Nor was this just a southern phenomenon. Powerful and oppressive no less, the Sardinian barony, which can be said to be largely created by the Spanish conquest, from the 1300s onwards. Restless, rapacious, always aimed at internal wars and rebellions against the Genoese government, the Corsican nobility, whether of local or Pisan or Ligurian origin. In Romagna, then, in Emilia, that is, in Reggiano, Modenese, Bolognese, the ancient feudal nobility, certainly depressed but not extinguished, showed signs of regaining vigor, for the same initial precariousness of the noble regime, for the need of the lord to compromise with it, for the smallness of the states. Evil, by now, the organic of Italian society, that is, of a country where the feudal nobility had never really been able to enter state life, find its useful function in the organism of the state:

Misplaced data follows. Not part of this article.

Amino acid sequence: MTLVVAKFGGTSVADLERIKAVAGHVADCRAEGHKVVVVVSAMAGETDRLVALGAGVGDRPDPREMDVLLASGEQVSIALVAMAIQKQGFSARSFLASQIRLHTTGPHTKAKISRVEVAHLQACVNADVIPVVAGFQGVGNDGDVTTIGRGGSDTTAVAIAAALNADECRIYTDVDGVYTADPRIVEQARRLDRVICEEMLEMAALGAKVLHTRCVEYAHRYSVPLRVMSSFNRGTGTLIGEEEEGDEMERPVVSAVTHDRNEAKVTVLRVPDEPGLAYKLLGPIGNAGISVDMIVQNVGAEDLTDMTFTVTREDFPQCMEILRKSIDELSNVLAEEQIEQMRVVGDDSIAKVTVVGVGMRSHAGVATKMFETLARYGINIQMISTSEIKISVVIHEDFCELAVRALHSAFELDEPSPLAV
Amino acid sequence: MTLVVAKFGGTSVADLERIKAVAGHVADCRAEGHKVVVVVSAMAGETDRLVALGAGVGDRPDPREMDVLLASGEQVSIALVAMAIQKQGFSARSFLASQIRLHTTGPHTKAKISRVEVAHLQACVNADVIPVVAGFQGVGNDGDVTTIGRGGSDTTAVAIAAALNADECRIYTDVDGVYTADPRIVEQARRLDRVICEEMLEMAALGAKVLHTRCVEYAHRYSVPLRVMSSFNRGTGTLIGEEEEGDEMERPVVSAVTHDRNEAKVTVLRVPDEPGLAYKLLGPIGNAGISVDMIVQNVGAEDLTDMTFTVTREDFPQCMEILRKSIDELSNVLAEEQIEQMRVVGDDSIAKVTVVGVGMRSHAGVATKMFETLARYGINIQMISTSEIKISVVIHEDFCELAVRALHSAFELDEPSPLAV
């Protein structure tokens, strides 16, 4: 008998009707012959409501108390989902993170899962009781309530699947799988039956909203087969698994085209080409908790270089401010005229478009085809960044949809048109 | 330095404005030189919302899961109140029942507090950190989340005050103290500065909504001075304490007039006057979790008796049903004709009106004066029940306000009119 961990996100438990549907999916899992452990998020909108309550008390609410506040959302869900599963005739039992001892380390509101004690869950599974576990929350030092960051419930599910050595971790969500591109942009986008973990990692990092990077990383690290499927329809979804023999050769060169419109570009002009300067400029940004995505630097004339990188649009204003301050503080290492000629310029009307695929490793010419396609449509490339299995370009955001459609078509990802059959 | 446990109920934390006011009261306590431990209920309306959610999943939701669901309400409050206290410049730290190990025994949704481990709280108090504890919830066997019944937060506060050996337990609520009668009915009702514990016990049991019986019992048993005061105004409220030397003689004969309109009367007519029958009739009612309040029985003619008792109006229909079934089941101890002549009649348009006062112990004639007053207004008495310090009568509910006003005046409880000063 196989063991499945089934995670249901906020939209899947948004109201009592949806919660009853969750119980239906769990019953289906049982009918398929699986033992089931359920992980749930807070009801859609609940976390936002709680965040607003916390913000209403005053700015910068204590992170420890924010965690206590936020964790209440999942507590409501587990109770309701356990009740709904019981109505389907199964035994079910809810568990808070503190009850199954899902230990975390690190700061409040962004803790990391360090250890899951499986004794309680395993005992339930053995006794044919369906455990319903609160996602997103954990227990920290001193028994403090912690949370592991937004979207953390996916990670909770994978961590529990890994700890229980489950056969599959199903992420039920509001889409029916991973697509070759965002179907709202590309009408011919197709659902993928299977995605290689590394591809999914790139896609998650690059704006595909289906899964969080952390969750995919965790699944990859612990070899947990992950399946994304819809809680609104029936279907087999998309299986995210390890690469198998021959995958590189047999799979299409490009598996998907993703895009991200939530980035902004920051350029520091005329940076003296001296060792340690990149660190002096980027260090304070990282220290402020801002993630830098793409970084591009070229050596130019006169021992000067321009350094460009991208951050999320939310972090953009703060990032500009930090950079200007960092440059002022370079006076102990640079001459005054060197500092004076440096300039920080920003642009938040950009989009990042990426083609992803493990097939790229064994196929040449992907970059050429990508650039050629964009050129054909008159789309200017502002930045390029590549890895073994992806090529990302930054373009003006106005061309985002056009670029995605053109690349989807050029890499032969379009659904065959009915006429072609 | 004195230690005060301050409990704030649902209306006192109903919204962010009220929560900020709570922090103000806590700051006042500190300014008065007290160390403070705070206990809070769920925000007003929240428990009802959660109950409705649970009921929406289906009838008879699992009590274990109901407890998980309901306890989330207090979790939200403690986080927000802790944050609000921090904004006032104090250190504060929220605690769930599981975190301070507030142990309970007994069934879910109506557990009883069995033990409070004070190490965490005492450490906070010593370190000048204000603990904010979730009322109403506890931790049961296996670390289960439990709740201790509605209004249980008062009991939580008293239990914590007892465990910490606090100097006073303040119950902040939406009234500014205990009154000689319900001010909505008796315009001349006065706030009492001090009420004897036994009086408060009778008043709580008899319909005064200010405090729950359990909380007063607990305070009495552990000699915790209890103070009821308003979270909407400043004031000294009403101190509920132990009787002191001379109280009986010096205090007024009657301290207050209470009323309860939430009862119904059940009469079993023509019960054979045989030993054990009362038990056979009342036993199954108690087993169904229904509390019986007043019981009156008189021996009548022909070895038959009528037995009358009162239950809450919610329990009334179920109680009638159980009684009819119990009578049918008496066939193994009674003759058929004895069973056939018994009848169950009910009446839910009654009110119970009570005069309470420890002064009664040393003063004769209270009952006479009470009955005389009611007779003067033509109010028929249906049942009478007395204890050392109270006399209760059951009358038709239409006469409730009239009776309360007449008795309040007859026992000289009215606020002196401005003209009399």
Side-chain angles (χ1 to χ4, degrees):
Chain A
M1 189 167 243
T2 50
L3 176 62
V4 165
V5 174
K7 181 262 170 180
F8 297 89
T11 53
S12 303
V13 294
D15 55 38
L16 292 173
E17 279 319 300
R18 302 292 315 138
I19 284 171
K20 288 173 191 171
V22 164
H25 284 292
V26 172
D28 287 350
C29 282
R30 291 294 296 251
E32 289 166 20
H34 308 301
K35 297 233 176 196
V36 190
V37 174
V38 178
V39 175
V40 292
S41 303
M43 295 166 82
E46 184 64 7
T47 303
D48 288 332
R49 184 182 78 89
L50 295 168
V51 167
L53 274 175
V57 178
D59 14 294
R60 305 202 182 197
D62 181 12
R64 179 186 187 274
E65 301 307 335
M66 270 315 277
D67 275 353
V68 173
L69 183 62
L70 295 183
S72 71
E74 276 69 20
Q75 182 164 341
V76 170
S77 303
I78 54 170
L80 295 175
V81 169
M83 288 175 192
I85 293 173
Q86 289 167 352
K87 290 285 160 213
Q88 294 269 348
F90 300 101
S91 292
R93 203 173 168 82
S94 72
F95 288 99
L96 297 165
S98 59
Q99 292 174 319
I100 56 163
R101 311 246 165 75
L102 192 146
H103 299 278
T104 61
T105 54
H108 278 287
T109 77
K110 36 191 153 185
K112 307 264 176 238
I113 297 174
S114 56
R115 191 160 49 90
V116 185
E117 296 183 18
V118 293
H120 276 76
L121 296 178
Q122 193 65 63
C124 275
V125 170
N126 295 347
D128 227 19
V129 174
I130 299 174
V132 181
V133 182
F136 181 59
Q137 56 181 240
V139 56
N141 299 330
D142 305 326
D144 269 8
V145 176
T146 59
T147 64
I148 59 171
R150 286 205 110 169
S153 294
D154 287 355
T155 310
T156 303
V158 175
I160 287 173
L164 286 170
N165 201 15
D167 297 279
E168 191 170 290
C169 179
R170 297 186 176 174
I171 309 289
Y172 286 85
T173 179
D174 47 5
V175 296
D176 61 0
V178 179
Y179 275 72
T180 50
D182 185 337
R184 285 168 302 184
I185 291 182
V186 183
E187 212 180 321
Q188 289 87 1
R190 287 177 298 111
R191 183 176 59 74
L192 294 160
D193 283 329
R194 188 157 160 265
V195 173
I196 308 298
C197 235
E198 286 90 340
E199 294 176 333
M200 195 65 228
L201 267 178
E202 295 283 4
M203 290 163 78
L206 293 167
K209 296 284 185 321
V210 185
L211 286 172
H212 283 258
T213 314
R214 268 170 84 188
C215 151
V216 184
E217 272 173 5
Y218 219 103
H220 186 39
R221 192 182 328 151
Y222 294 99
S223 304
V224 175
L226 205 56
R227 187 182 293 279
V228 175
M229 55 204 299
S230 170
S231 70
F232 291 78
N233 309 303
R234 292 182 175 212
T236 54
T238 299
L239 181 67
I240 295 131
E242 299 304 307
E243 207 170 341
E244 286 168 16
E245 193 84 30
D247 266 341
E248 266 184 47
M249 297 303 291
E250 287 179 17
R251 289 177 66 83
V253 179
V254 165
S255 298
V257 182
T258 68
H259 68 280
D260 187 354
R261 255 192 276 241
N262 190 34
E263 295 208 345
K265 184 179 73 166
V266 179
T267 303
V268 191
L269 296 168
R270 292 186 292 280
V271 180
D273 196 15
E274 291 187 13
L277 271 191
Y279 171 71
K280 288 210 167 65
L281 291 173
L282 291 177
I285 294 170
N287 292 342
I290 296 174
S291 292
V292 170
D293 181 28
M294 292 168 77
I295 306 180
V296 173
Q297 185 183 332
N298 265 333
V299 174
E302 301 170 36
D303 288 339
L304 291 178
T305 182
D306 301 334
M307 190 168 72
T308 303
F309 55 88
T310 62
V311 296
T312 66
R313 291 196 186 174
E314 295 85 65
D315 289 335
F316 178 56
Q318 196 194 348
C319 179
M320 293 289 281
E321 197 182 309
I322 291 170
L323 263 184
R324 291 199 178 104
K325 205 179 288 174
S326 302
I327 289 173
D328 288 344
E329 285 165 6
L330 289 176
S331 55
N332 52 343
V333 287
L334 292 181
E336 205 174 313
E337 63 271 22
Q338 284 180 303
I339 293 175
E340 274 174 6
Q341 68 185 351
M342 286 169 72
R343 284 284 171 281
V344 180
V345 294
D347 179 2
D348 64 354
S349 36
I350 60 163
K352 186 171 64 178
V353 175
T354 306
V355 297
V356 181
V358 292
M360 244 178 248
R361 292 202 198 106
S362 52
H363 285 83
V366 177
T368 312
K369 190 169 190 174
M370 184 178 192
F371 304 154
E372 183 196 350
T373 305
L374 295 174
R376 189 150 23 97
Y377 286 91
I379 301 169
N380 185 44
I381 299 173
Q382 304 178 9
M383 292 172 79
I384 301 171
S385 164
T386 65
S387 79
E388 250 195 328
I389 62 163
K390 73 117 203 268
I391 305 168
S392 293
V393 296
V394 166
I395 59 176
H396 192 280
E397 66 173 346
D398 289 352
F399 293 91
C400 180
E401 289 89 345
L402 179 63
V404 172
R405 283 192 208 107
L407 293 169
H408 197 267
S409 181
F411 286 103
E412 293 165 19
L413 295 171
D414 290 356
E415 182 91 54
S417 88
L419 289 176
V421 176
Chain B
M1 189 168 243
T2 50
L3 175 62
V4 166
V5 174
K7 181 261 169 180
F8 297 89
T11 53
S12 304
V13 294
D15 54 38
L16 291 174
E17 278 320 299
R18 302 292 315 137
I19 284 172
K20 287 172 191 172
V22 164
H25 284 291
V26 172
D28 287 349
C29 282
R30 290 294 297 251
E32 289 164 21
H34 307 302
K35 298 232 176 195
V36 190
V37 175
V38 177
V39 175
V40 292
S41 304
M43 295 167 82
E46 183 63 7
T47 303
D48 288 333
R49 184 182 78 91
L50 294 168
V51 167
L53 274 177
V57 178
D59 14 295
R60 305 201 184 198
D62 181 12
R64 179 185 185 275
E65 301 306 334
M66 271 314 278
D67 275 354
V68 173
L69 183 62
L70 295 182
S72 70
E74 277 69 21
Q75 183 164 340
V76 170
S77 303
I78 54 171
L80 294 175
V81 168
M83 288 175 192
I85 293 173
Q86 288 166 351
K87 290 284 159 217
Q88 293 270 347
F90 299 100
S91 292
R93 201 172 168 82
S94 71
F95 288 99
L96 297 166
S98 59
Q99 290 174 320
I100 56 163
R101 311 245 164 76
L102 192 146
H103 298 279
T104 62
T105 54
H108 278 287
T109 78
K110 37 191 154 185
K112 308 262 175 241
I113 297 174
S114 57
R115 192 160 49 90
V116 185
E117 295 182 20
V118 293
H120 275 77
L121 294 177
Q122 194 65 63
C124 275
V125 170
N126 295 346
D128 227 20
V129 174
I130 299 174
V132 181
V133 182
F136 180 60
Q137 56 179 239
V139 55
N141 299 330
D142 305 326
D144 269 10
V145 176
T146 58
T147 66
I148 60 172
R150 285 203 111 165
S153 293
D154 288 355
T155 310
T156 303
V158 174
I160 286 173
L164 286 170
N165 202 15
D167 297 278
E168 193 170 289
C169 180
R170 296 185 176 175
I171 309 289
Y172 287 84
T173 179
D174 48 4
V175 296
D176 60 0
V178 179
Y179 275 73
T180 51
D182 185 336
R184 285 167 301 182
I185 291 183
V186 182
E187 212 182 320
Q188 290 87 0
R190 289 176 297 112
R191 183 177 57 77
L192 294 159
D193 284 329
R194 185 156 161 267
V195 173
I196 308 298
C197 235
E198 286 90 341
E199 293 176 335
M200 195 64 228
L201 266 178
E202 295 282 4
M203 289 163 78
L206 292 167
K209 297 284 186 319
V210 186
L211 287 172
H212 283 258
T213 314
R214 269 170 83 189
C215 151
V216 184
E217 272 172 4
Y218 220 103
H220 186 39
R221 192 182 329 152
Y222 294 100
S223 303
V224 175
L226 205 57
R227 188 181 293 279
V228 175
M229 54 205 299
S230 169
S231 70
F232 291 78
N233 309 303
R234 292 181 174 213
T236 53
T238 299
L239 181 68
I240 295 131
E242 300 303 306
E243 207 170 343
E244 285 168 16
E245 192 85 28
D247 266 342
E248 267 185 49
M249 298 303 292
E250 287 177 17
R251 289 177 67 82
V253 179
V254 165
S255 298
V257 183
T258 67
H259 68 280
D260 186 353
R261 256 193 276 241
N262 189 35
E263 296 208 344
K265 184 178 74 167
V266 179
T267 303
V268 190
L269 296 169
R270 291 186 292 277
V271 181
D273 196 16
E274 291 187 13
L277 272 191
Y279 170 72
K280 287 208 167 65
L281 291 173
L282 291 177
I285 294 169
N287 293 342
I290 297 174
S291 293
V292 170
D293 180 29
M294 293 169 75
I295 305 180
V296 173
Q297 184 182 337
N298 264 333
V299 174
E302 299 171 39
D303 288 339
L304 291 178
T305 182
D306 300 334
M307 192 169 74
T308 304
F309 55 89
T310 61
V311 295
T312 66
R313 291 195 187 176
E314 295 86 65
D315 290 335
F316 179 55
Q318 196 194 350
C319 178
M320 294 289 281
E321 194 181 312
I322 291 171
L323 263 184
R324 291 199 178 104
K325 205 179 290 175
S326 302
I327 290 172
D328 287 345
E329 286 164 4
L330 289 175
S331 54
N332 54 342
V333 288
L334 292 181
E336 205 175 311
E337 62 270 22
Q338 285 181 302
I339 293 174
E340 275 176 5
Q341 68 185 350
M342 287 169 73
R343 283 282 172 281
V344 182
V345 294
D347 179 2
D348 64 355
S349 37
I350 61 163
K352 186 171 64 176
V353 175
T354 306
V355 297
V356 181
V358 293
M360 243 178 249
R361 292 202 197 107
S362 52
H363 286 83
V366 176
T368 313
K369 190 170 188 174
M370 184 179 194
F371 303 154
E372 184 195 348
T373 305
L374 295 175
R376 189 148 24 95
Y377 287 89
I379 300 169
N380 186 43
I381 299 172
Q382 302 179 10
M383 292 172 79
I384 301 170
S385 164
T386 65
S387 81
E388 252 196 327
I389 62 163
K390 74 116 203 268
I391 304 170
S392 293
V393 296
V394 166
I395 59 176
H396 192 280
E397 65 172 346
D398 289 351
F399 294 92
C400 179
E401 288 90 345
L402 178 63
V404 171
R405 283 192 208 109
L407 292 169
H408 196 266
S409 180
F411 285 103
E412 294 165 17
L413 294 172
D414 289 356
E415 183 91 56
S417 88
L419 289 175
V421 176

Elsewhere, the close link between the bourgeoisie and the principality helped either the destruction or the insertion of the nobility into the state. In Italy, according to localtimezone.org, the bourgeoisie, in the South, in the islands, in a large part of the State of the Church is still a small thing: and the prince, just as he cannot protect it sufficiently, nor can he rely on it; in Tuscany, in Emilia, in Lombardy, in part of Piedmont it has had too much urban and municipal development to be able to approach the lord with confidence. Here too, as in the south, but for reasons other than the south, the multiplicity of dynasties that succeeded the command, each devoured by the next, had made it difficult for people’s feelings and interests to gather around them permanently. Everything was therefore entrusted to the personal ability of the individual gentlemen: who could also be personalities of high standing; but, around them, not that sense of firmness and certainty that could only be given by legitimacy. In the houses of the Italian princes there is still no sure order of succession; alongside their legitimate children, illegitimate children, almost always divided by fierce hatreds, they and their mothers. Also small, despite the exercise of power, the distance between the lord’s family and other powerful families, until yesterday equal and only recently overwhelmed in the race: almost always with means that had left furrows of deep resentment. The cities of the state still feel little connected to the lord, still very alien to each other. Still they compete, they are still open to the influences of the great families that have their center in the territory, they still feel the temptation, at every sign of weakness of the lord, to restore that “freedom” that always flashes before the eyes. We see this in the Visconti domain itself, which was also the most capable of creating its own connective tissues, at the death of Filippo Maria Visconti and the death of Francesco Sforza. Even when the city bourgeoisie does not create obstacles to the lord, it does not support him. The civil ideals that belonged to the state of the city have expired; and on the other hand, the civil ideals that find their fulfillment in the principality and territorial state do not yet have consistency. Elsewhere, the sense of the great homeland, albeit seen through the king, begins to be alive and active. In Italy, on the other hand, this great homeland is, if anything, Italy, but an entirely ideal homeland, made up of literary traditions, of classical memories, of the feeling of the common descent from Rome and of the common culture, of the deep-rooted persuasion of one’s superiority vis-à-vis foreigners. The political order does not correspond to this country. Therefore, in the Tuscan and Lombard cities, for the moment, also in Piedmont, substantial indifference to the state and the fate of the lordship; certain willingness to accept all governments; growing consideration for the sovereigns from beyond the Alps and, here and there, surfacing desires that they come down to Italy to punish these tyrants and correct the governments. This widespread dissatisfaction was contributed to by serious taxation, which weighed on everyone, especially on peasants and the bourgeoisie and contrasted with the general conditions of work, which were not of decadence but, in many branches, of stagnation; it contrasted with the effort that governments themselves were also making to raise and promote those classes and their activities. But often, with one hand it was done, with the other it fell apart. Extremely expensive courts and governments; needs and expenses by large states, imposed on small states with a very central position in Europe, by the dense network of international relations, by the weakness of their military orders, which brought with it a more expensive diplomatic device. These Italian states, even the largest and richest, such as Venice, began to gasp, as the course of history put them in contact with the largest political organizations overseas and beyond, without being among them no real collaboration possible.